Of course, you can find good used and cheaper music gear and many free plugins, but in the end, there will likely be at least some monetary investment.
Factor 2: Music Knowledge
Background knowledge of basic music concepts, theory, and various mixing and mastering processes is helpful but not a required pre-requisite.
As stated above, mixing and mastering have become integral to my creative process. Before diving into music as much as I have in the last few years, I had some previous audio production experience from a couple of high school classes and with work on a podcast, but nothing beyond that.
So I had very little formal training in audio production before diving into home recording.
If I had waited until I amassed a bunch of knowledge, I likely would still be waiting to start. Part of the amazing music creation experience is learning as you go. Making mistakes is one of the best ways to improve at something, as long as you learn from those mistakes and use them to continually improve your skills.
I think one of the best ways to learn something like audio production (or anything music-related) is to do it. It is very hard with something like mixing and mastering to develop a significant skill set without actively doing it.
With that said, formal training is an ideal option (either in school or with a professional teacher). If you can develop a solid foundation of these audio production principles beforehand, it will only be to your advantage in your home recording.
However, apart from formal training, there are so many free (and paid) resources across multiple platforms like YouTube, Pinterest, books, podcasts, and many more that give you most of the tools needed to learn mixing and mastering as you go, which is precisely what I do.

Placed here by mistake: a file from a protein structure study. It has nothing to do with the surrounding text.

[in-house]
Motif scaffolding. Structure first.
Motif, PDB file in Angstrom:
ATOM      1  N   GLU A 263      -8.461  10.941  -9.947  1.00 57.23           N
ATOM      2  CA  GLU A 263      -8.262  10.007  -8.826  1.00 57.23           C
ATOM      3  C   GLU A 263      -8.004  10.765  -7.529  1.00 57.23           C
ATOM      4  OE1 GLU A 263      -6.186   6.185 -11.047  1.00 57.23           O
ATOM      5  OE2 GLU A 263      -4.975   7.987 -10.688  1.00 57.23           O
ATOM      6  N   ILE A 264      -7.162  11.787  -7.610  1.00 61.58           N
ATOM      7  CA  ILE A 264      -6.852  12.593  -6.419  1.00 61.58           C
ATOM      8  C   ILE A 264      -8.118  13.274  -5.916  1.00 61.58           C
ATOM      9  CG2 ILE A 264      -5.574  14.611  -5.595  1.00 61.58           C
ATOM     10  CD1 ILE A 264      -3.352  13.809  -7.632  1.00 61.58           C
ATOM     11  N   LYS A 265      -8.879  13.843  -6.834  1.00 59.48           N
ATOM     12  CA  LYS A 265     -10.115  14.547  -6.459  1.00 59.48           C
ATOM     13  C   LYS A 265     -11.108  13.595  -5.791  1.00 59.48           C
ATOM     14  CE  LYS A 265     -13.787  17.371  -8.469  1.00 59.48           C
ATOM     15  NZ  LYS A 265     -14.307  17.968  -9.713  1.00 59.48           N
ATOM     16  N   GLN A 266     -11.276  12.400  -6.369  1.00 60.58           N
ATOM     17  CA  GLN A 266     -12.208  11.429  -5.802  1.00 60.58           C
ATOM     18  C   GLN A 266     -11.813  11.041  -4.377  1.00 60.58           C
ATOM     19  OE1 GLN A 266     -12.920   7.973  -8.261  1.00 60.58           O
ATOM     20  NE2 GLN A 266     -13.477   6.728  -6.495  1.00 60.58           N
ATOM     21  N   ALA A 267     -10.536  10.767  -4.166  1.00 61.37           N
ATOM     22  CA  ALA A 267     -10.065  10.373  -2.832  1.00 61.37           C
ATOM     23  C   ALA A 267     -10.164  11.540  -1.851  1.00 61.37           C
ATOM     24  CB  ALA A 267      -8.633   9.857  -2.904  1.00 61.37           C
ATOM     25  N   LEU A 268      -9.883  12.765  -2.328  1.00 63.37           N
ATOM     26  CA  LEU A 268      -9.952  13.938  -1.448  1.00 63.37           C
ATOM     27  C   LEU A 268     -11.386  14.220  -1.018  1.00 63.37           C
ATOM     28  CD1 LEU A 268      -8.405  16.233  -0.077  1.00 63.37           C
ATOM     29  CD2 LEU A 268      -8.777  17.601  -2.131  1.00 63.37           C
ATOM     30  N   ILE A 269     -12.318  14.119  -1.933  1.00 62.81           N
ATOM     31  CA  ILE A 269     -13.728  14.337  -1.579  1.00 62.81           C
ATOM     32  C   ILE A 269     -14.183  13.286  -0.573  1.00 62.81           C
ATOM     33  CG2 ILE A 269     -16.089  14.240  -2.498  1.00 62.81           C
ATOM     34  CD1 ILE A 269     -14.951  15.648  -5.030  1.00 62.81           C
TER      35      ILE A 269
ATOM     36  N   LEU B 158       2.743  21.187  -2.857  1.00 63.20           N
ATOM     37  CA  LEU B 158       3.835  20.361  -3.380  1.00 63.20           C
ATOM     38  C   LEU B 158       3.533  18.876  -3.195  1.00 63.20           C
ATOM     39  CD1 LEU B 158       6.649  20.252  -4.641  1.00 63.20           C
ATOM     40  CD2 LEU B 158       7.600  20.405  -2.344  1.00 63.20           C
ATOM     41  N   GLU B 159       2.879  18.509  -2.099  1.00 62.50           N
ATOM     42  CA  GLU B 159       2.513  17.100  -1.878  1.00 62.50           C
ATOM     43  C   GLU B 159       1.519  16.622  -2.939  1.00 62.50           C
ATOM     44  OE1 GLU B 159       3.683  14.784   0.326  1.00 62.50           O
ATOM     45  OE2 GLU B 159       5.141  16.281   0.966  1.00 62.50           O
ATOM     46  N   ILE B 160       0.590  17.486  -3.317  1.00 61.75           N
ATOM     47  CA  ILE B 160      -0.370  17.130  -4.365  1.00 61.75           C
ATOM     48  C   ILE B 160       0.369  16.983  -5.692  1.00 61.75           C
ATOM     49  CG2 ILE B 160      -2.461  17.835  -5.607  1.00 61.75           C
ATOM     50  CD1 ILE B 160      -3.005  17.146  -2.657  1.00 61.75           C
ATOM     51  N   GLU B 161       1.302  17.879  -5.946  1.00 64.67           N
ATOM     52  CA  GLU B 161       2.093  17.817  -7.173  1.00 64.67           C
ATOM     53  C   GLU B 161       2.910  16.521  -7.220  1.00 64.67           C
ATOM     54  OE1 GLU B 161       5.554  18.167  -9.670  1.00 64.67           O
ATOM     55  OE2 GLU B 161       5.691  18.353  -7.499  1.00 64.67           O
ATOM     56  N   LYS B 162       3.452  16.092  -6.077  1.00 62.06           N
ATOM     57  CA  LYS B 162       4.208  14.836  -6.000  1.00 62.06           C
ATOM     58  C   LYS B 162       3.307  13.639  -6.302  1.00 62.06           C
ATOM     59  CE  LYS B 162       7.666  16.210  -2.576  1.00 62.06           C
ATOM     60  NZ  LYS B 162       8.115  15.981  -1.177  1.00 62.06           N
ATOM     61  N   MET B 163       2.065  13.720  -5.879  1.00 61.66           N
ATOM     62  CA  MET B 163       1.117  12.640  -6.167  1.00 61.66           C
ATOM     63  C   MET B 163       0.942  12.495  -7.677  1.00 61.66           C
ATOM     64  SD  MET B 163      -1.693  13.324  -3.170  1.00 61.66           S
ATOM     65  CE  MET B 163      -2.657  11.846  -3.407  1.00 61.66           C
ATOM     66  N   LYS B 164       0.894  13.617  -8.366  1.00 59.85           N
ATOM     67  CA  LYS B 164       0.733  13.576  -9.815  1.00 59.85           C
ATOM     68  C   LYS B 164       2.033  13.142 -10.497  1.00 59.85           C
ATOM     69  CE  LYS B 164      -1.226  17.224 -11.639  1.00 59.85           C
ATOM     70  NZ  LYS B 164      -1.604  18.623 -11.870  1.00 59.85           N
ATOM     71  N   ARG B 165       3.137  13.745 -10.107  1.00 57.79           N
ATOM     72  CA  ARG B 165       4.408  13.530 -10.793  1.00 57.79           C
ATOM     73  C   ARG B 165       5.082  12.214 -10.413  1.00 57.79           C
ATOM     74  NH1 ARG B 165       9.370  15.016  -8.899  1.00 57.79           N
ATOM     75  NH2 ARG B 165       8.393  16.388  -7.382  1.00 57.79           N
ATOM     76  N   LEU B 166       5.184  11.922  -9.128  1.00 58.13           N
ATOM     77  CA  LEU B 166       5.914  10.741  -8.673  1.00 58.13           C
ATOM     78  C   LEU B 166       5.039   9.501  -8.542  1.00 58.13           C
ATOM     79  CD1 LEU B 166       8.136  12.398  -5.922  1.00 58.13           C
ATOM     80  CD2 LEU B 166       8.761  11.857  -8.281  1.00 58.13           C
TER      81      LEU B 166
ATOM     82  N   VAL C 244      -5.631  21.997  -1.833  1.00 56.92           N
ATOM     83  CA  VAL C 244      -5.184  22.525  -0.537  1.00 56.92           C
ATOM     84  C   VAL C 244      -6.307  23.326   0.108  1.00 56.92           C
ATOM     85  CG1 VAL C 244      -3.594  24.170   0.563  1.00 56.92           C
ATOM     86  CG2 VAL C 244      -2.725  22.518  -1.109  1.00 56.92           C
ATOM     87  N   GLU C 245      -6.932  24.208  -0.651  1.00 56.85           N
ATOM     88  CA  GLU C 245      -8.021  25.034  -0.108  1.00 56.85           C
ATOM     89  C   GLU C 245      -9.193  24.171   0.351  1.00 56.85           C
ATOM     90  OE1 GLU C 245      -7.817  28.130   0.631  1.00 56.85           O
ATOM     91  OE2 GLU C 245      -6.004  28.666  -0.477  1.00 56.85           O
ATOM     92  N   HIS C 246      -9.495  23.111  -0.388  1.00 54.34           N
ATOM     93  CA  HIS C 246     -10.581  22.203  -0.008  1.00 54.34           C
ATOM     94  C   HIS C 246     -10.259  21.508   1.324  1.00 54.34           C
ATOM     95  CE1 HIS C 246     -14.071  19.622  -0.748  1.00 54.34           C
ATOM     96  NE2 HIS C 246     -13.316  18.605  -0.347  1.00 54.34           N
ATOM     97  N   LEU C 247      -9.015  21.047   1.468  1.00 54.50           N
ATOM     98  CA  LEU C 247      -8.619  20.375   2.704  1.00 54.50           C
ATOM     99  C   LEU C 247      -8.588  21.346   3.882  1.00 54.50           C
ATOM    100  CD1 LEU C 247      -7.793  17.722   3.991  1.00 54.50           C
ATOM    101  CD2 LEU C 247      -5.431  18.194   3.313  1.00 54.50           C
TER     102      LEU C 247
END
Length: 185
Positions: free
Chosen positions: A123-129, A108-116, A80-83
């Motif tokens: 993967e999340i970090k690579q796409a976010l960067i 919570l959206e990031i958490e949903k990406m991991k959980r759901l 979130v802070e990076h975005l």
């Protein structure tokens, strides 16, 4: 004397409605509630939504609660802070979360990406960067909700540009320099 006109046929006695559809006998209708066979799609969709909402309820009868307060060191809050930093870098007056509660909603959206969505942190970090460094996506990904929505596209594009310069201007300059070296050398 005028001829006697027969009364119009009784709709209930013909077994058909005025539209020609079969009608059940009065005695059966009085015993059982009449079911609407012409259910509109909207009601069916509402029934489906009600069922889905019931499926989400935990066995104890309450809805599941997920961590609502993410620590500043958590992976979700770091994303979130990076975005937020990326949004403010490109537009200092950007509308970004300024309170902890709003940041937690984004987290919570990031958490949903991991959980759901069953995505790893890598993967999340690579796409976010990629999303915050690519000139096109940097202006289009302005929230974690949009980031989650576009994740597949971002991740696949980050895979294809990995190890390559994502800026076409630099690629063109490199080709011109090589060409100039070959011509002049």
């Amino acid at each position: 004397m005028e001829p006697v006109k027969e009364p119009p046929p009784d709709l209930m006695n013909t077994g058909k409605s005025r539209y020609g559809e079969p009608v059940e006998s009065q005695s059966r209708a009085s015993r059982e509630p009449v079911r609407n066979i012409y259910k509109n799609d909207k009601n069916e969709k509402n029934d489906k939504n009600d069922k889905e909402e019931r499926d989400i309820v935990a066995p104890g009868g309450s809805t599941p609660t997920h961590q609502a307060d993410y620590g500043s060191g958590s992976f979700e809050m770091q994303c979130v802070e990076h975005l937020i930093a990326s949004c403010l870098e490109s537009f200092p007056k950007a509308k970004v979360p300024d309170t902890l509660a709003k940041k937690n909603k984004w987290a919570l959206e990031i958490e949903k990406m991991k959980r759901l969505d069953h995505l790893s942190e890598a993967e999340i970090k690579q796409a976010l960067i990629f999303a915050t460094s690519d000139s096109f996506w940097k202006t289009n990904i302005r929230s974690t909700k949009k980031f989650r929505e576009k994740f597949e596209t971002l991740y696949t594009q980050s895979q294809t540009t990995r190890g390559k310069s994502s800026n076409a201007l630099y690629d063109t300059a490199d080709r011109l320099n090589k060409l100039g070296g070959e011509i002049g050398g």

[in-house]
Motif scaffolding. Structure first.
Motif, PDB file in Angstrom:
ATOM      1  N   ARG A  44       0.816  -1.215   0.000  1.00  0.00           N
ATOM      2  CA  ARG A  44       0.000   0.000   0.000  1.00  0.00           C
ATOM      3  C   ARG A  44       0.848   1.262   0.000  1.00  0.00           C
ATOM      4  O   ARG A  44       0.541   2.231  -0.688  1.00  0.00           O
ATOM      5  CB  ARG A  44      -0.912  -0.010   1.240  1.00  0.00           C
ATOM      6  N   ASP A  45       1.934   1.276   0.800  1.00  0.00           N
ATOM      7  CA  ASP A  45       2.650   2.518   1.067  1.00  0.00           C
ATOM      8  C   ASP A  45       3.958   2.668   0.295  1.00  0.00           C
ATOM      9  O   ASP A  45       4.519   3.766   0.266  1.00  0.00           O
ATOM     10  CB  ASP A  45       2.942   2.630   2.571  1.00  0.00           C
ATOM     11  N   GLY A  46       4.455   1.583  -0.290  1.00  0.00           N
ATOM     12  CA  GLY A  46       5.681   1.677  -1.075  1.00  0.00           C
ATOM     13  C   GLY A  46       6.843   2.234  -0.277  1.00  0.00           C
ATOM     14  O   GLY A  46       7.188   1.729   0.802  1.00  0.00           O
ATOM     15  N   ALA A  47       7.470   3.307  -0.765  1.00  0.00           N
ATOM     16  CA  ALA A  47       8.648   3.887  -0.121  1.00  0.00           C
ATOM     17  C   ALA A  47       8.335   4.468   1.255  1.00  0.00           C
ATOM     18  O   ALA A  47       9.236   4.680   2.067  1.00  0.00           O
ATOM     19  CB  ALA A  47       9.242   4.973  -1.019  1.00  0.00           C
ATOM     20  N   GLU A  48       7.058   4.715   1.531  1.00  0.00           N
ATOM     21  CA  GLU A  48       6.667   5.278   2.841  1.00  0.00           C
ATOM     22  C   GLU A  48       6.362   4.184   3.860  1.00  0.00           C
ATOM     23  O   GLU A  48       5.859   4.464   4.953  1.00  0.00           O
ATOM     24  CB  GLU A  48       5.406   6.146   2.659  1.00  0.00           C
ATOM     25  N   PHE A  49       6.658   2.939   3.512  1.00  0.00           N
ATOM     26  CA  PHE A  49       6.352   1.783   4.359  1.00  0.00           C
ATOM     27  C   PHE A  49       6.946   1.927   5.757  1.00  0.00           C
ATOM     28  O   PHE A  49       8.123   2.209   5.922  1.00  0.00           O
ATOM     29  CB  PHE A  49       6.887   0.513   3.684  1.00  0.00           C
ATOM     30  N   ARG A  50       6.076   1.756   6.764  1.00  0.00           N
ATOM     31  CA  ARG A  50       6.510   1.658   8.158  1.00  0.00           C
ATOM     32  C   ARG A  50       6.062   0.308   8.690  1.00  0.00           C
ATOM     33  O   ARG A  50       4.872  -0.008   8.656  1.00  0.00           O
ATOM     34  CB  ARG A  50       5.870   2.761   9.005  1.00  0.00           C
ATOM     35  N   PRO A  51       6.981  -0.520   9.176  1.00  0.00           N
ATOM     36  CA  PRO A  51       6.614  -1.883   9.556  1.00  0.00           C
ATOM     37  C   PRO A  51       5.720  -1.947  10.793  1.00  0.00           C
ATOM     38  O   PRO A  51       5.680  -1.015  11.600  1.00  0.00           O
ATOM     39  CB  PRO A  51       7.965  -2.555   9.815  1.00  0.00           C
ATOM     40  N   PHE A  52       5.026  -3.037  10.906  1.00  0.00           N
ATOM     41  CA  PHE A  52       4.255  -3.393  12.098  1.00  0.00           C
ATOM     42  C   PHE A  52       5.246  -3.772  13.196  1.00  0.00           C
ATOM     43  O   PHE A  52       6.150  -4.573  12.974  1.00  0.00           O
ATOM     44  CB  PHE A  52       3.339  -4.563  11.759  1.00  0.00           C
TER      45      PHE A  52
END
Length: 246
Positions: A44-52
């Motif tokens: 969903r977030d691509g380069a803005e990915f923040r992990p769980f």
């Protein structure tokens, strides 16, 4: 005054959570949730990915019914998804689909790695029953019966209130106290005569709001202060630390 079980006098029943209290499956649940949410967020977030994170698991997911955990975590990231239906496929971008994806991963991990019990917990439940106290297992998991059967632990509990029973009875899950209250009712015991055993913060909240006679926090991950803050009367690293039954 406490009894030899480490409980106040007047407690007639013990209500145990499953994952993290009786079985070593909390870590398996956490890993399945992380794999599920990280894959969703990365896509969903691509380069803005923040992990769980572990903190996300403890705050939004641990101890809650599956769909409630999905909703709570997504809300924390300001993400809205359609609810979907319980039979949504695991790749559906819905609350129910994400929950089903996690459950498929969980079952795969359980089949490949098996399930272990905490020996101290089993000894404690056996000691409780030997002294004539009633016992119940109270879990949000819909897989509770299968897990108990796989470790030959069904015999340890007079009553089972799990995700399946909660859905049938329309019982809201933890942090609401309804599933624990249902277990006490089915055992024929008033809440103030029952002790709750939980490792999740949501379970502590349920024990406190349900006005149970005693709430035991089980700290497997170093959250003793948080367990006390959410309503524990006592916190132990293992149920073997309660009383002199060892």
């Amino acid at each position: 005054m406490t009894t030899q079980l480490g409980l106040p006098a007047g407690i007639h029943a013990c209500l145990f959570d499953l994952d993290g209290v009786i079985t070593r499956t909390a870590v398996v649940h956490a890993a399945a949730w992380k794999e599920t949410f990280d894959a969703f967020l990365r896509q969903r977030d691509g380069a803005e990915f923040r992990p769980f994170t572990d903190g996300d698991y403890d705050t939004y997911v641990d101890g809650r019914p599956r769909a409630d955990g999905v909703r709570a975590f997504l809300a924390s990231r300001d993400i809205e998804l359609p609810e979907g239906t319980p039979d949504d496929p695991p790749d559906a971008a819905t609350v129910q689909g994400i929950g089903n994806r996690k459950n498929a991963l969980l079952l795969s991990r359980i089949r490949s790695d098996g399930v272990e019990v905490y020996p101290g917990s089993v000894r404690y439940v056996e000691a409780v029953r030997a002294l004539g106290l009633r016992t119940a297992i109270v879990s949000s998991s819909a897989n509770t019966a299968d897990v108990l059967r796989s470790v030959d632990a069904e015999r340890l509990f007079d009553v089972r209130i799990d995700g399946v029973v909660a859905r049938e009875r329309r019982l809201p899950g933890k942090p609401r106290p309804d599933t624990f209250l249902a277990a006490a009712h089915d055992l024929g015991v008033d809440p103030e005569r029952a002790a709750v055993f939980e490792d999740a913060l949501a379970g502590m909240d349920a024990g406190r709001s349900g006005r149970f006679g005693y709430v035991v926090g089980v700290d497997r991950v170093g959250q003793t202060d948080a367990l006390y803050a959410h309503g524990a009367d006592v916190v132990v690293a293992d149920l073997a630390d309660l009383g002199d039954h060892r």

One downside to the abundance of information is that not all sources are of equal value, and sometimes there is just too much information to know what to do with.
My advice if you are overwhelmed with the amount of information is to pick just a few specific topics, such as learning about EQ, and dive deep into those subjects.
Once you have spent some significant time with these topics, start to expand to other topics. Doing this can help limit your attention and increase your focus, which can help you not feel so overwhelmed.
Again, I am not saying that formal education is not important, and most (but not all) top-level audio and music producers will have at least a Bachelor’s degree.
Part of my typical daily routine is to spend time learning various aspects of music theory and concepts and mixing and mastering techniques. There is always something new or more to learn in music and audio production. It truly is a lifelong process, and it is never too late to start!
However, it will likely require a serious time commitment to become good at mixing and mastering. While you can learn the basics in a few days or weeks, learning and perfecting the craft may take months or even years.
It may take a while, but that long-time commitment shouldn’t scare you away but invigorate you that there is so much to learn!
I have been a music lover and musician for over fifteen years, but it has only been in the last five years that I have taken the next step and committed myself more to it, and I am only just scratching the surface of knowledge and possibilities.
Should You Be Mixing and Mastering Your Own Music?
We have established that you can perform mixing and mastering on your own music, but should you?
There is an argument that you should not engaging in mixing and mastering your own music. Many professional musicians do not do this with their own music (but there are several who do).
However, even those that do not directly perform mixing and mastering of their music are often still deeply involved in the entire process as it is their music, and they have a significant say as to what the final version will sound like.
Let’s look at some reasons why mixing and mastering your own music might not always be the best idea.